Brian Coopper, senior director of consumer advocacy at the National Mental Health Association (NMHA), told Psychiatric News, "We’ve been doing an incredible job just with crumbs, and now they want to take those crumbs away. It makes no sense, particularly since President Bush is pushing his New Freedom Initiative, which is intended to encourage independence for people with disabilities."
Rogers said, "No less a government authority than the surgeon general, in his 1999 report, notes that consumer organizations ‘have invigorated the fields of research as well as treatment and service delivery design.’"
James E. Sabin, M.D., a clinical professor of psychiatry at the Harvard Medical School and director of the Ethics Program at Harvard Pilgrim Health Care, told Psychiatric News, "Psychiatrists have long acknowledged the value of such self-help groups as AA and NA. As a clinician, I’m dismayed by any action that would inhibit the growth of other effective self-help activities."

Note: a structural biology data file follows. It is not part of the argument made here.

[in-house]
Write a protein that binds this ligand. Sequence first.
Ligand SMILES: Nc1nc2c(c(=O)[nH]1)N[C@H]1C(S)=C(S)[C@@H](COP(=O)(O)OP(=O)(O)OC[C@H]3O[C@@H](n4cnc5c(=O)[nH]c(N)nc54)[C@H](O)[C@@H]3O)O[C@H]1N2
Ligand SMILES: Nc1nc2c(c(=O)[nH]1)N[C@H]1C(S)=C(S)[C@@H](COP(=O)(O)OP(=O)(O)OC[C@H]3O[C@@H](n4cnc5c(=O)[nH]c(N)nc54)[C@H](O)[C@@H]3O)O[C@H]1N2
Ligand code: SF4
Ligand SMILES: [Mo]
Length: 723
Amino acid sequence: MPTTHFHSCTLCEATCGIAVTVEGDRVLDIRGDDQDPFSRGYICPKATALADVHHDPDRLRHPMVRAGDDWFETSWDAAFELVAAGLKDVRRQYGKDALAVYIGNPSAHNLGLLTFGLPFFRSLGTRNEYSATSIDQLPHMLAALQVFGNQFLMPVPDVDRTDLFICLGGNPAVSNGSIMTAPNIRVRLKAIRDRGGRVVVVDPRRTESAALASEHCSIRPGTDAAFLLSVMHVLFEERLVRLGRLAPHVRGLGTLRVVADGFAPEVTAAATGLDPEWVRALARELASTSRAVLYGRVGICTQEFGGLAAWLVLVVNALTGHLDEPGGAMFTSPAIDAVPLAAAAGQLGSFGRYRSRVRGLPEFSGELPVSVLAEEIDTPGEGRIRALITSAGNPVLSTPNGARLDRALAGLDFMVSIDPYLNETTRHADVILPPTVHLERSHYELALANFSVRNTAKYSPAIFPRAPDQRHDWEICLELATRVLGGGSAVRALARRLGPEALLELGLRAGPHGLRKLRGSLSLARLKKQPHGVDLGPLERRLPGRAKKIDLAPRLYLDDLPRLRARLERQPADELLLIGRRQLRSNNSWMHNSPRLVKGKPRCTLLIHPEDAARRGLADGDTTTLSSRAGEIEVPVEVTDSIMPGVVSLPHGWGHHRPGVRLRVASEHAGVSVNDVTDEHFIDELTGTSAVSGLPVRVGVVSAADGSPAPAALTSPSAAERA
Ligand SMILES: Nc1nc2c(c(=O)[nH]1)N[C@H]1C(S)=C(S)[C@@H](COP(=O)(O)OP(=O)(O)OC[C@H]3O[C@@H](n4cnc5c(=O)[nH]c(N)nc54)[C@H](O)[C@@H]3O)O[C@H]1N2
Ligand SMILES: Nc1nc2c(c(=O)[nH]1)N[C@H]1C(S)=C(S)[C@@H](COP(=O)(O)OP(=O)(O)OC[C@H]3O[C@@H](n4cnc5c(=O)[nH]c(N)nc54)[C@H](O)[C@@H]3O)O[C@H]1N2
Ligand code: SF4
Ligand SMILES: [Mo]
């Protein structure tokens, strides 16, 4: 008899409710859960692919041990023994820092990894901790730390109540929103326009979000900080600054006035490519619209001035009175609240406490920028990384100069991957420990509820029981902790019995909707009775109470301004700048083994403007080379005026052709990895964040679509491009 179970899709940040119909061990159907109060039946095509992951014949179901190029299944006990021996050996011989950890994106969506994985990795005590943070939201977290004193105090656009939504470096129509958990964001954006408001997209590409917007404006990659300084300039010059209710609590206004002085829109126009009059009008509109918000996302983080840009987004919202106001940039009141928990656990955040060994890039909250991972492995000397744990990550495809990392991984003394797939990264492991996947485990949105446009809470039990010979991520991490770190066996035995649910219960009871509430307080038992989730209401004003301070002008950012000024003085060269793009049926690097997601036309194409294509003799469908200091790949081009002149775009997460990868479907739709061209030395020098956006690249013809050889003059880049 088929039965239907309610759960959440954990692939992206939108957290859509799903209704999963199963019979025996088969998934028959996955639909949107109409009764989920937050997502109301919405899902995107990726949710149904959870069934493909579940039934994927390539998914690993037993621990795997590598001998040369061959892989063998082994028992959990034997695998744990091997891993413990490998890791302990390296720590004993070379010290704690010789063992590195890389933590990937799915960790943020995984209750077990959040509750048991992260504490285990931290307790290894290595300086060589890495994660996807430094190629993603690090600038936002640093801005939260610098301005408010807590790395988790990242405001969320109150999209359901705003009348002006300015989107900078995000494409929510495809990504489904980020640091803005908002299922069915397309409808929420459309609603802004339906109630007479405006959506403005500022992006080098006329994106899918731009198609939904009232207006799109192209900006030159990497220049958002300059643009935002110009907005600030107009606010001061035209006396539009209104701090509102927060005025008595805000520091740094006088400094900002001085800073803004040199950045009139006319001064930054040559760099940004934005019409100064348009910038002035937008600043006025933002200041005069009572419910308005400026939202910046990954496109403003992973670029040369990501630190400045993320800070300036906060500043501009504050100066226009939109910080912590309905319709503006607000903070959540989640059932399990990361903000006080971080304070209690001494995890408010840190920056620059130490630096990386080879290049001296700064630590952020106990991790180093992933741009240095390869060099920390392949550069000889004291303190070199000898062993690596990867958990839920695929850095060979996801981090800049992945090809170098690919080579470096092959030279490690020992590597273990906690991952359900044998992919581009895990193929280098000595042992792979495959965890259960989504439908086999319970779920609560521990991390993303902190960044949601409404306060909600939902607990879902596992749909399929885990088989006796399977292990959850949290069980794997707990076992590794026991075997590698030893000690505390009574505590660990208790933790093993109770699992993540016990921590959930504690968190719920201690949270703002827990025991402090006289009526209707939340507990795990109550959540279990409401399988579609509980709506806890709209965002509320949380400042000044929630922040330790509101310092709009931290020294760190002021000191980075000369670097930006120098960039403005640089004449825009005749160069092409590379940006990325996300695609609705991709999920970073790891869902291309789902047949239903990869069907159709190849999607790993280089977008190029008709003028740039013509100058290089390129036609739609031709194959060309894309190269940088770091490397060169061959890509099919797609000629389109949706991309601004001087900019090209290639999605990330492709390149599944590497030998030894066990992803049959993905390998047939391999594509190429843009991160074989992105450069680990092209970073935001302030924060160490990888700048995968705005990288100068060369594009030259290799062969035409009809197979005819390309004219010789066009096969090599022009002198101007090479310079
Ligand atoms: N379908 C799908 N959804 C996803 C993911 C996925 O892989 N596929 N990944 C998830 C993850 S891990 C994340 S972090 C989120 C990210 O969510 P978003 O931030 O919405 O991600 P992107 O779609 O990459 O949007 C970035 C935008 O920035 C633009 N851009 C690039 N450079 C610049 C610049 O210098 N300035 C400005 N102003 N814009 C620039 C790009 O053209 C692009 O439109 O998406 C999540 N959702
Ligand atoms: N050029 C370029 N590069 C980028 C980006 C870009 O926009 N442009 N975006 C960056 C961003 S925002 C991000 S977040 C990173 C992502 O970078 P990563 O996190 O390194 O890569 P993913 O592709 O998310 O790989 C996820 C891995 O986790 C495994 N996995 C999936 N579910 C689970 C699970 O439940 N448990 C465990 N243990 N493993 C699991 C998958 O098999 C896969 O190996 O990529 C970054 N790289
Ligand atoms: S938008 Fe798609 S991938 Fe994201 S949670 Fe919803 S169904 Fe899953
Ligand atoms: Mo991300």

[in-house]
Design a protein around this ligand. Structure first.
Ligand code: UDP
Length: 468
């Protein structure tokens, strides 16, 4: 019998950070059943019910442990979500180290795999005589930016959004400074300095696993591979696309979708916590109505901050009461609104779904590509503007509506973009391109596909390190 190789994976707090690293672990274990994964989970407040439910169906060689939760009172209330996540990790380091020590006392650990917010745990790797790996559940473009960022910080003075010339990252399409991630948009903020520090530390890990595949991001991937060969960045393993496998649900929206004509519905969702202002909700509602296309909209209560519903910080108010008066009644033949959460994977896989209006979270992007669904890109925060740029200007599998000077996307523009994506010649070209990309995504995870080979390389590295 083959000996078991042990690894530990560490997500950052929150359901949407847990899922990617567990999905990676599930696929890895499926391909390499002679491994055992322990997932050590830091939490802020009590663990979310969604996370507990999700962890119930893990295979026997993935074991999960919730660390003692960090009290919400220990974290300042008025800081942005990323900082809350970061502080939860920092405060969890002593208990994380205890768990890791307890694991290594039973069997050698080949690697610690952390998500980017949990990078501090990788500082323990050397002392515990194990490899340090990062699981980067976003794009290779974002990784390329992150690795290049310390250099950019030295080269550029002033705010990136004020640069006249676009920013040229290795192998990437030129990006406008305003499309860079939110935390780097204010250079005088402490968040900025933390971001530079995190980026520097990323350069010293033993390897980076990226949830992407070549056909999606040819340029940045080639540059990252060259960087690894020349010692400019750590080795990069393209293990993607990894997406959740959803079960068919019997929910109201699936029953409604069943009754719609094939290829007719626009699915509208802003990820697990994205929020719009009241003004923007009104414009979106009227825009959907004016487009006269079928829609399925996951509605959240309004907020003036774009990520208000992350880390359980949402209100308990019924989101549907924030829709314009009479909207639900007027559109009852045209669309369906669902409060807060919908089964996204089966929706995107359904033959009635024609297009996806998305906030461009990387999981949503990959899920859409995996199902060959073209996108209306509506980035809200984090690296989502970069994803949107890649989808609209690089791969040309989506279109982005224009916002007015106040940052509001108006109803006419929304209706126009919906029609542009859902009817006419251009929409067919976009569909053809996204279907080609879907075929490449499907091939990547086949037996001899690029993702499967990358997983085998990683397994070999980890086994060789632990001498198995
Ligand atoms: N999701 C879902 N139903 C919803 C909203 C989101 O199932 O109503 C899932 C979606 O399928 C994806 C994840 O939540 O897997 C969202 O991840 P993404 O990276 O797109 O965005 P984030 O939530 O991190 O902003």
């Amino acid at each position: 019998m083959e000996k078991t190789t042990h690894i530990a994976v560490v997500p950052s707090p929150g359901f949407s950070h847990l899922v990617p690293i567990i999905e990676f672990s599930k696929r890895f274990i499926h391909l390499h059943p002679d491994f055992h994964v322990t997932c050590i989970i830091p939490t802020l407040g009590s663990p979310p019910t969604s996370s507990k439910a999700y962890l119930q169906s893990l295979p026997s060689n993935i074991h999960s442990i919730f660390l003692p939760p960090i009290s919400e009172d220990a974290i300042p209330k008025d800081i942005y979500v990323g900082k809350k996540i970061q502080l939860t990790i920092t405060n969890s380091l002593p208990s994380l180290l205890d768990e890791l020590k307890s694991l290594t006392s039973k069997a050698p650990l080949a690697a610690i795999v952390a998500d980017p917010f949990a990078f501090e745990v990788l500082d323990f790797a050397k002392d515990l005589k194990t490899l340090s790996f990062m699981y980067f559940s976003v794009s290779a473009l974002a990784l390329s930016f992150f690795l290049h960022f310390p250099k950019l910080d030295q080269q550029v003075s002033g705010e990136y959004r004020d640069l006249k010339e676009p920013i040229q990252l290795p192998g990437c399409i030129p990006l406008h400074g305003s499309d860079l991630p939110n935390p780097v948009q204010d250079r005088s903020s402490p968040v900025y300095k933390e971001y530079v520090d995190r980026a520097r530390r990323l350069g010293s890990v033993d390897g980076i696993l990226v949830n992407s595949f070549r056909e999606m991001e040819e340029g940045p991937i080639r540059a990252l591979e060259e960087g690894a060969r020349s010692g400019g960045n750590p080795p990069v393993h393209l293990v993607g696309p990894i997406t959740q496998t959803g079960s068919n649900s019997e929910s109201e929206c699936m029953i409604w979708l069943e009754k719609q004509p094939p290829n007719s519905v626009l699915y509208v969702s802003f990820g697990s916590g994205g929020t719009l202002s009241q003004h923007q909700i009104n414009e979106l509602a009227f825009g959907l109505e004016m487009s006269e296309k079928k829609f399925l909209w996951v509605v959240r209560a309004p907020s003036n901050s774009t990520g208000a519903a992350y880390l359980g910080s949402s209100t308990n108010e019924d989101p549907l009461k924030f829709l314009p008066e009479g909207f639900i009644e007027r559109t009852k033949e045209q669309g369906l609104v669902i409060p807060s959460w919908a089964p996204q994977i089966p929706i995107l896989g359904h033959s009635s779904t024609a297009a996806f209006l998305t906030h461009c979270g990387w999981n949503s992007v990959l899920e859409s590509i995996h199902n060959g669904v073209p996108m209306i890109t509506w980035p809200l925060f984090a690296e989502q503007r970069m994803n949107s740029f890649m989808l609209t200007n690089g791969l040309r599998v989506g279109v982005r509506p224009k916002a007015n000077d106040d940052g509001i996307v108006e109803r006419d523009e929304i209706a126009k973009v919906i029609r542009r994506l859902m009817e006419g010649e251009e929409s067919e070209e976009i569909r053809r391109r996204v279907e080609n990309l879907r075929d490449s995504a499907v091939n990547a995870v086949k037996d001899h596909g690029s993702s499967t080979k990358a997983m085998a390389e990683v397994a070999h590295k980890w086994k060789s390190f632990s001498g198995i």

In a Psychiatric Services article scheduled for the April issue, Sabin writes about the Leadership Academy. This program sparked the founding of CONTAC, one of the consumer-directed technical assistance centers. Using consumers as trainers, the academy offers advocacy-skills training in an atmosphere that encourages belief in the power of constructive activism and follows up with networking activities.
Sabin said, "To be effective, any health care system depends on active, informed involvement by consumers. Such involvement has been particularly difficult to bring about in the mental health system because of a long tradition of invalidating the views of people who receive services. The work of programs like CONTAC is important not only for the consumers, but for the mental health system and the country."
The Web address of the Center for Mental Health Services is www.mentalhealth.org. That site has links to the technical assistance centers and other consumer organizations. ▪